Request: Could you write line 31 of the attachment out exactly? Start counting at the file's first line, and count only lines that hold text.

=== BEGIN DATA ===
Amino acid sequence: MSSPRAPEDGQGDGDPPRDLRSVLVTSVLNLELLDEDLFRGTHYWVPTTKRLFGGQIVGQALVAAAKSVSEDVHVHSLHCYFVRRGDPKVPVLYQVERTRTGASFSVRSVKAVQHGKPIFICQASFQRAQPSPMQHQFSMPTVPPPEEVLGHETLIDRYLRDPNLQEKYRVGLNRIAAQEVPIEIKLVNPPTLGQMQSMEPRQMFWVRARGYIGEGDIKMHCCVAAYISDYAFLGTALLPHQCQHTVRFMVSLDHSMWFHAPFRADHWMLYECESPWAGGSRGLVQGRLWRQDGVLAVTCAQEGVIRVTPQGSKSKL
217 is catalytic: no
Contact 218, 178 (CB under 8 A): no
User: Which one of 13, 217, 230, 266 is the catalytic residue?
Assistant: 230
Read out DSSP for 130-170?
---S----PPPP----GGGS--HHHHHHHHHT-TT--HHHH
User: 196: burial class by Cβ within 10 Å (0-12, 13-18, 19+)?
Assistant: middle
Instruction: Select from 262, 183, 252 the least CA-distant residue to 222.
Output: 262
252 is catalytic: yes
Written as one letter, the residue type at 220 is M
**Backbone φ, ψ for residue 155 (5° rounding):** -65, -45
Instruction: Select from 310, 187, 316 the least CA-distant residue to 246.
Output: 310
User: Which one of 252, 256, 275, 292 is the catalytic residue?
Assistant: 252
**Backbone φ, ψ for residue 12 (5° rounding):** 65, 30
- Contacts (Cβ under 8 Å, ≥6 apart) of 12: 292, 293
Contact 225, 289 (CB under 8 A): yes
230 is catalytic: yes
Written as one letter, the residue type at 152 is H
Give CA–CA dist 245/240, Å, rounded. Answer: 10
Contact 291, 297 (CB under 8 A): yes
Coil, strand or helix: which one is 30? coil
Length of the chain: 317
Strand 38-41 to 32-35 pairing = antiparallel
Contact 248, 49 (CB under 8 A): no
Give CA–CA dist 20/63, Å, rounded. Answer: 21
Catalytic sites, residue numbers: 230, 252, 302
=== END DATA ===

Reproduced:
Catalytic sites, residue numbers: 230, 252, 302